Day 9: A Disneyland For The Wealthy
Nate Hegyi, rural reporter for the Mountain West News Bureau, is embarking on a 900-mile cycling trip crisscrossing the continental divide in August and September, interviewing and listening to Americans ahead of the 2020 election. You can follow along on social media, an and this "Where Is He Now?" map.
September 4: Tetonia to Driggs, 20 miles
An important note here: These are my first-glance takeaways. Think of this as a reporter's notebook. A mosaic of voices over the next few weeks, cycling 900 miles across four states and dozens of small towns.
It’s a bad day.
The shoulders on the highway are narrow. The tourists driving to Grand Teton National Park pass so closely, their windy wake pulls me dangerously close to becoming a fatality statistic. They are being drawn, like flies to an electric lamp, to the Tetons, which rise majestically over farm fields and sagebrush. The valley I’m entering is my least favorite version of the West – the discovered West.
It’s a Disneyland version of the region, with multi-million dollar log mansions and an expansive golf course where I spot a wealthy retiree, wearing a Hawaiian shirt and cargo shorts, playing nine holes while, across a dirt road, two yearling cattle cry in a pasture.
I once lived in a similar place like this and hated it. And I hate that my hometown, Missoula, could be heading that way too. Just in the last year, housing prices have skyrocketed while wages remain stagnant, making it unaffordable for my friends living on social worker and service industry salaries. People from the cities are moving in and I worry my home will become the latest Disneyland for the rich.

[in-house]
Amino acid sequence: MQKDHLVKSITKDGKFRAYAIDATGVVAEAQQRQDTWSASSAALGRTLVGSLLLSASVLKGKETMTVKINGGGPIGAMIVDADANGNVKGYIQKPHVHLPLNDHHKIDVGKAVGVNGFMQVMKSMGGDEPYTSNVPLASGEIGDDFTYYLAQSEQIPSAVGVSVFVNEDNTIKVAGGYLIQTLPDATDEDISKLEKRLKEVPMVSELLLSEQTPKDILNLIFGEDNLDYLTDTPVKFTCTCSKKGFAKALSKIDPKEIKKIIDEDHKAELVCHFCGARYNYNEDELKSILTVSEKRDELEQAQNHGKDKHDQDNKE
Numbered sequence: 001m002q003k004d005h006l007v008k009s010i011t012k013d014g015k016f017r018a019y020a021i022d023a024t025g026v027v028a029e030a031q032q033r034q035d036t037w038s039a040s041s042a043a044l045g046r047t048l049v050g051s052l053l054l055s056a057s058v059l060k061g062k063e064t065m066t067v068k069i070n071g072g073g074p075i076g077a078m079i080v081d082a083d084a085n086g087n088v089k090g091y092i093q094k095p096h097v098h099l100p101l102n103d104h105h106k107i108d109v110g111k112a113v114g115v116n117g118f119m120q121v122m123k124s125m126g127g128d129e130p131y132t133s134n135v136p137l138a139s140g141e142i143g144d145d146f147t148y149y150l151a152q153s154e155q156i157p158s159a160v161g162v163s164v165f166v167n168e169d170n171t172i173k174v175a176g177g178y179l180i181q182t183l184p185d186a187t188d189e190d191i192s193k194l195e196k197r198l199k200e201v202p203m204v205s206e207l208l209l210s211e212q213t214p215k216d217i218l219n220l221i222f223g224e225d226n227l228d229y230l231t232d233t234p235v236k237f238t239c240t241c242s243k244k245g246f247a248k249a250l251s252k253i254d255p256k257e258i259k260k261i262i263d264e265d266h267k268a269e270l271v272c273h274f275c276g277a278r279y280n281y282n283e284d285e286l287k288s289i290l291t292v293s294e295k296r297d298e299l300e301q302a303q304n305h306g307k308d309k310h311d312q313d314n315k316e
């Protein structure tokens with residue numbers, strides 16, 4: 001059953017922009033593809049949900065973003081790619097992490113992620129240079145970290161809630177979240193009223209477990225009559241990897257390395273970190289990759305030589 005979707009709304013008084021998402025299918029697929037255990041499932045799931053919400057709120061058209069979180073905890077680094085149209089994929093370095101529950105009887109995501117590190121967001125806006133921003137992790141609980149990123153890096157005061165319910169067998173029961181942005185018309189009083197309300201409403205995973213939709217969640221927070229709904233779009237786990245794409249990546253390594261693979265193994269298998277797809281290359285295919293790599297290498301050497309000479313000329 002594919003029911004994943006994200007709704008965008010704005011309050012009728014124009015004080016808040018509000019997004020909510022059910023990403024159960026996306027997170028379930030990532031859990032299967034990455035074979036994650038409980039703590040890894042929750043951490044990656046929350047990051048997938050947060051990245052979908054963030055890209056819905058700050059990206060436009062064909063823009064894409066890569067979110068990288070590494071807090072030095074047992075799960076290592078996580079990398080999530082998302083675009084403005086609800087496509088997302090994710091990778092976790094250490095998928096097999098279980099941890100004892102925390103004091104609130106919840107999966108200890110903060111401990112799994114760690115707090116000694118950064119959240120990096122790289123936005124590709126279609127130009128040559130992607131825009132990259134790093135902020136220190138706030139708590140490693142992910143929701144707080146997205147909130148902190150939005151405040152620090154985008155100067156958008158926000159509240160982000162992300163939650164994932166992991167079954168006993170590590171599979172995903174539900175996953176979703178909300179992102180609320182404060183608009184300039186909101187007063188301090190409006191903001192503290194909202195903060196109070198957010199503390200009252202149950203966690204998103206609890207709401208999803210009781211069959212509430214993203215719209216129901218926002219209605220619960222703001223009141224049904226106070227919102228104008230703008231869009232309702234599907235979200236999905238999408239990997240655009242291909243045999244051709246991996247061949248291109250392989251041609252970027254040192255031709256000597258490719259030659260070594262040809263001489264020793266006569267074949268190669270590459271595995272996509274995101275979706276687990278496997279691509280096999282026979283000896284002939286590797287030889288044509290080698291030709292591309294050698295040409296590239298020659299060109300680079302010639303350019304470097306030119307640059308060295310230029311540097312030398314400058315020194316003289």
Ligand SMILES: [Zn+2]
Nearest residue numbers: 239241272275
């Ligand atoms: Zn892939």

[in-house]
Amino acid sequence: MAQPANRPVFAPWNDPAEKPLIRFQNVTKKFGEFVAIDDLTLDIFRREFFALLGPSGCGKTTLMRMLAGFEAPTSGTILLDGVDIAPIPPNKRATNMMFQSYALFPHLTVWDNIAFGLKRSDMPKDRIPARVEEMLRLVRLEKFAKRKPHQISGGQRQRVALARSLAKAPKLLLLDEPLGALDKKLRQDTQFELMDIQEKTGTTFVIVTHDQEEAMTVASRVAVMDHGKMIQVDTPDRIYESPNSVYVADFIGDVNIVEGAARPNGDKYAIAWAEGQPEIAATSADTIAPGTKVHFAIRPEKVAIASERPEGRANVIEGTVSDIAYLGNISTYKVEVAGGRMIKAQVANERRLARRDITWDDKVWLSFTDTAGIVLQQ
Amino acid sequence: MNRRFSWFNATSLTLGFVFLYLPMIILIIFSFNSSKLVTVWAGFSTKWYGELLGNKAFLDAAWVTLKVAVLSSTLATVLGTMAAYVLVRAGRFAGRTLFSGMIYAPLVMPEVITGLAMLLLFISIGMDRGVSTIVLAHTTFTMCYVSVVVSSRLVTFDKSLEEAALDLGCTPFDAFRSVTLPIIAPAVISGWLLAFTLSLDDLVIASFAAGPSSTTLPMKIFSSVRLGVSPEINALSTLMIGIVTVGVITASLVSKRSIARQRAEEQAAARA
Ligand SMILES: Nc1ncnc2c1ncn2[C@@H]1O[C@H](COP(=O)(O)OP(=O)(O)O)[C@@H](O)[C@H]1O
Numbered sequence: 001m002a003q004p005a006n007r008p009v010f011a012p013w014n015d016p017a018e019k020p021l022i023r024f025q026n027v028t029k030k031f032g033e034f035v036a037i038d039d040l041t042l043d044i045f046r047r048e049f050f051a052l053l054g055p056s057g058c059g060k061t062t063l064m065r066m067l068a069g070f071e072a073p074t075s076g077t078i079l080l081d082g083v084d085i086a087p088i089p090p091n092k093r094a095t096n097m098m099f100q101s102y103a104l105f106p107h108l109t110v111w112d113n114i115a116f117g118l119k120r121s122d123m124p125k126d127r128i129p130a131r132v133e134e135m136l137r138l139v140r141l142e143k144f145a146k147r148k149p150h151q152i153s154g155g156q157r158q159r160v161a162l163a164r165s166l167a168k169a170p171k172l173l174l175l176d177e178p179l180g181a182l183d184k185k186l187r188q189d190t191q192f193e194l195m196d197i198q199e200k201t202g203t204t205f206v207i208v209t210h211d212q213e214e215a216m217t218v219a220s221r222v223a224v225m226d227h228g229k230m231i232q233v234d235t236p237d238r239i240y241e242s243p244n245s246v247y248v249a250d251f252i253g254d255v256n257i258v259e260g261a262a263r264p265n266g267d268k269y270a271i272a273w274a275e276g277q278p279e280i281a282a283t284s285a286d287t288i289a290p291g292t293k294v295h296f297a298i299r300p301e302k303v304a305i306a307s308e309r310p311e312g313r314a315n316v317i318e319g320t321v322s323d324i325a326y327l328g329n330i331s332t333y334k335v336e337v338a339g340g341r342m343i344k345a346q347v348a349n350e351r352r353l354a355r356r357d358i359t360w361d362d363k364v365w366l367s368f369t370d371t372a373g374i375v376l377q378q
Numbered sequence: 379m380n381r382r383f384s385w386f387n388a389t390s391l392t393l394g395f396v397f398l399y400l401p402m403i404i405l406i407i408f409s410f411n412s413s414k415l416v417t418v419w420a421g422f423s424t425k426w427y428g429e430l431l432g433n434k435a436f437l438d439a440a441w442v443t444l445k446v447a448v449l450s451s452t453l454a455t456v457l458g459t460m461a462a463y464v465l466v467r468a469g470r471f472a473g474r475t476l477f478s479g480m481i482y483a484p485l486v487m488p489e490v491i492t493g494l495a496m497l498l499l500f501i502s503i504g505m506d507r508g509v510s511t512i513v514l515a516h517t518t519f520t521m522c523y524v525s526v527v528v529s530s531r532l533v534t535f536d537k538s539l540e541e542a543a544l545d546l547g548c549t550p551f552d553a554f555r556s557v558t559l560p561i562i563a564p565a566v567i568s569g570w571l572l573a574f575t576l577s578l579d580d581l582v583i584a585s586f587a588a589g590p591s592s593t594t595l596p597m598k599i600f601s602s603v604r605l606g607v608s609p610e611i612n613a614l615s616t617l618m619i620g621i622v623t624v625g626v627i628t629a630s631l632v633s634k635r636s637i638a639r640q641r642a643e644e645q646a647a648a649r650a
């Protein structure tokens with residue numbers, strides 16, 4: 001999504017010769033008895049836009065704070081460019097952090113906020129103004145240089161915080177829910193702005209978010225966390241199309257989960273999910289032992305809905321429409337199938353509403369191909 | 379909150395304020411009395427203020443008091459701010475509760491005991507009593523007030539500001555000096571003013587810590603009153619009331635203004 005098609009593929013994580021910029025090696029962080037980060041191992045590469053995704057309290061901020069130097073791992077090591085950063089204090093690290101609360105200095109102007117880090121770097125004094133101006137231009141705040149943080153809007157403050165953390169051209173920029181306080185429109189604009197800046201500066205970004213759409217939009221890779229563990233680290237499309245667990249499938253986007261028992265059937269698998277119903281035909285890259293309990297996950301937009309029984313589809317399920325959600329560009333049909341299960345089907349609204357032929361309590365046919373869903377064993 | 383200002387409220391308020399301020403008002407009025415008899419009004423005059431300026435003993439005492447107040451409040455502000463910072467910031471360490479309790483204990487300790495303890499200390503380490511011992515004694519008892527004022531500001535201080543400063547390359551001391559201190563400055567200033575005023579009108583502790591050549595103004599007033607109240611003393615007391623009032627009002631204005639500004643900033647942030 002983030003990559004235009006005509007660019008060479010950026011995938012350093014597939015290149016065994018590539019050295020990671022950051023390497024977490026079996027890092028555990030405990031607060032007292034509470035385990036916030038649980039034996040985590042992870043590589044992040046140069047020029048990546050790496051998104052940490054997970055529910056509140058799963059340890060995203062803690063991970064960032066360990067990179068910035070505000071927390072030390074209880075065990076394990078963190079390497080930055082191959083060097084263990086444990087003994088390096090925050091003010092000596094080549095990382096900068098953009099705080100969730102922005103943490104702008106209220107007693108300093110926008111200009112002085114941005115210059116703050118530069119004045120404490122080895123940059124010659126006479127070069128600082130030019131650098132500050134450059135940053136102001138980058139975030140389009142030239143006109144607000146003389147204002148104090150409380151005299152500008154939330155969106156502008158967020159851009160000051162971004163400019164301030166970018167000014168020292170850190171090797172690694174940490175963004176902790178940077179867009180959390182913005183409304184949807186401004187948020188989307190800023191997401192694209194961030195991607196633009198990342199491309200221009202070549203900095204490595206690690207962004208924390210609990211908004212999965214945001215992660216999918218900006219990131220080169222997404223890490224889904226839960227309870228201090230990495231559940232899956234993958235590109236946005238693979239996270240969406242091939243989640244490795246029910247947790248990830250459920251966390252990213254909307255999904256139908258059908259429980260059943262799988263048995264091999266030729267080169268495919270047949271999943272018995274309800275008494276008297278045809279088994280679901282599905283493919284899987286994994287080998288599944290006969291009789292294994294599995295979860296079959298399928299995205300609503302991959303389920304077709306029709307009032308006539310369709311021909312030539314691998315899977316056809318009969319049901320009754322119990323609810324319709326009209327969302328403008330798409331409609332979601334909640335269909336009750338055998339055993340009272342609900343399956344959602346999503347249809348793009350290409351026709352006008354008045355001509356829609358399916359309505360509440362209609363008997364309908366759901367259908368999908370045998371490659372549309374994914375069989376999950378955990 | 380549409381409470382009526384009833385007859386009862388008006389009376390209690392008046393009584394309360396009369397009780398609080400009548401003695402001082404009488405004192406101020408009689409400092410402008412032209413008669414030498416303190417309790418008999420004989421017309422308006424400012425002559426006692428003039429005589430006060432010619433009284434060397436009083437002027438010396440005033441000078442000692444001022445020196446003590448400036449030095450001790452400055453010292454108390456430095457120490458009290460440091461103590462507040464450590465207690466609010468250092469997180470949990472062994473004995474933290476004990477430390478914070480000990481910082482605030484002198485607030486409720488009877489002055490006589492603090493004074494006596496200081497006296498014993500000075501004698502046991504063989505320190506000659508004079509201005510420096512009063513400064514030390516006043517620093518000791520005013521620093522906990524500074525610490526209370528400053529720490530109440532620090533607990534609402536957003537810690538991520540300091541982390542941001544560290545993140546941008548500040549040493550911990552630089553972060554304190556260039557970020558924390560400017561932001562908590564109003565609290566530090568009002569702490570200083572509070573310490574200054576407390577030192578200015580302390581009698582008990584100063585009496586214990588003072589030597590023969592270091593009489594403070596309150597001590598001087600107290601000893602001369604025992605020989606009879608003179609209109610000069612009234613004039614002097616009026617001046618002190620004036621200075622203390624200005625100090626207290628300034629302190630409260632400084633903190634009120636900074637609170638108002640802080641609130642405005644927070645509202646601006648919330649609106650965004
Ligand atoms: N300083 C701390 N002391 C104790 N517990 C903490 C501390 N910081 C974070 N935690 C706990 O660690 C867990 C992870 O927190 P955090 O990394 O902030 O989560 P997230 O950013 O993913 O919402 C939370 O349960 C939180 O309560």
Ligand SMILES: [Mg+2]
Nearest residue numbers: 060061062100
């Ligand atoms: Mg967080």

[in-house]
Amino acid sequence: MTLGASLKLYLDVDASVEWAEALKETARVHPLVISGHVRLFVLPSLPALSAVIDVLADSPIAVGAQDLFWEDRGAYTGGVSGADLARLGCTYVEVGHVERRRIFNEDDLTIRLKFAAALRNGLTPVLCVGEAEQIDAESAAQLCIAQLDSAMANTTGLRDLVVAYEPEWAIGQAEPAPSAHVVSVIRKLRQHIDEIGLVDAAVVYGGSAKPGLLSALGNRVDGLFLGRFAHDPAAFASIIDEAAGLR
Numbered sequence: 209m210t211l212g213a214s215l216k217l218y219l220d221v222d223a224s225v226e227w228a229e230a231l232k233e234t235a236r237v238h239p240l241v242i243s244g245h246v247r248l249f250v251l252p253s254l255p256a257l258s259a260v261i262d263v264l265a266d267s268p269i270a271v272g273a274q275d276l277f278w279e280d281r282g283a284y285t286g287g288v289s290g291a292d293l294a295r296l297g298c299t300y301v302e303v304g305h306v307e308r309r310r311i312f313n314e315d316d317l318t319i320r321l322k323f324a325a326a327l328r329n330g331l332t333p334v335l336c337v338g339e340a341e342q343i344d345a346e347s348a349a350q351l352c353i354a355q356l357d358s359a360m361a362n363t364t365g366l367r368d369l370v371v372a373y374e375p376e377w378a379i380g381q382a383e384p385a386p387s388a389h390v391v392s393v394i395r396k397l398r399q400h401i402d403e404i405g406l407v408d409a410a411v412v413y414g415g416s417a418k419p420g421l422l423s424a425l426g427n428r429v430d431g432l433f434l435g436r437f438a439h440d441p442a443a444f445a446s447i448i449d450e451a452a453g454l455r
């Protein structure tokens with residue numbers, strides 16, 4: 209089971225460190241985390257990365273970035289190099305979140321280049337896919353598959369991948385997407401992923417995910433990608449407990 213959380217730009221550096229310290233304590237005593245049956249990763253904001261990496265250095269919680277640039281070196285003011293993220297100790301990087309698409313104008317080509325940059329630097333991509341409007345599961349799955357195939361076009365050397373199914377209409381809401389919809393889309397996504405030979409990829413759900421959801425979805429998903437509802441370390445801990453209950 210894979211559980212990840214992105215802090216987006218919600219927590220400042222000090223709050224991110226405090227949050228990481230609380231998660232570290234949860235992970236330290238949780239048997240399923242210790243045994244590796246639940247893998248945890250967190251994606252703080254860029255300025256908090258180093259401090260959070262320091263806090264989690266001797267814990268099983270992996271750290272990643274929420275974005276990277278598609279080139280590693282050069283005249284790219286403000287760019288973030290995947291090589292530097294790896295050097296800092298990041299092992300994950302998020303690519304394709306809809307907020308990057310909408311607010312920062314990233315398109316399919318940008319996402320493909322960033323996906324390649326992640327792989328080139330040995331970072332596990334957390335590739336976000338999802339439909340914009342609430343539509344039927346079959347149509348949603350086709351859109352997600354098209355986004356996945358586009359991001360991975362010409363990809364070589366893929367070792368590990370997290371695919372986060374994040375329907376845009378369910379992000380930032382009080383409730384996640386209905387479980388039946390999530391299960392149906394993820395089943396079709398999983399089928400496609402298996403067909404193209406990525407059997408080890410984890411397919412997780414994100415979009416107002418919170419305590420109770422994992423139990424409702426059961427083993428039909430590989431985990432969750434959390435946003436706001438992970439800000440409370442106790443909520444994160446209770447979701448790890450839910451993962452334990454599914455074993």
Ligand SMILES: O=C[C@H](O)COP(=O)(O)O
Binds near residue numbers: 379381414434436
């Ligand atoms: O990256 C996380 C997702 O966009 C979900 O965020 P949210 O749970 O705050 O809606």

But I’m also tired, angry and ... I need to check myself.
I’m prone to criticizing places like this based on limited experience. I don’t know anything about the depths of the Teton Valley. I have a handful of facts pertaining to extreme wealth entering the area and an armful of assumptions about it. I’m also an outsider who is sunburned, exhausted and frustrated with the traffic. I have chapped and bleeding lips from the aridity, my clothes stink and I keep getting rejected for interviews.
First, a farmer politely declines as he parks his white pickup truck in a garage, saying he needs to grab a part for a piece of equipment that’s currently lying broken in a nearby wheat field.
Then, near the small town of Tetonia, I meet a middle-aged man hitting golf balls outside of his home. He’s wearing a Teton County Republican Party t-shirt and I ask him if he’s game for an interview. He half-smiles, declines, and says he just wants to hit a couple of balls before running into town for some shopping. His adult son is standing behind him with a compound bow.
They tell me it’s dangerous to cycle here. About two or three bikers get killed every year. I’m feeling salty and retort that a lot more people die in car crashes.
“There are crosses everywhere,” I say. “Most people don’t see them because they’re driving.”
They change the subject and we talk a little about hunting in the Lemhi valley. I say it’s pretty country but they don’t reply – I can tell they want me gone so I ride off, dejected, and find a gravel farm road to take me the seven miles to Driggs.
Along the way, I see an older man, clad in a cowboy hat and a white beard with beads in it, leaning on a tractor. He’s from near Salt Lake City and is working in the valley for the summer. He shoots me down for an interview but says his boss, Jody Burnside, is driving up the road in a pickup and might be willing to talk.
Burnside’s skin is red from years of working construction in the hot sun. At first he demures at an interview, but I throw a hail Mary pass.
“I’ve already had four rejections today,” I plead. “C’mon, man.”
He’s repairing a pasture fence. After a moment, he agrees.
“Alright, talk,” he says.
So I scramble to grab my recording gear.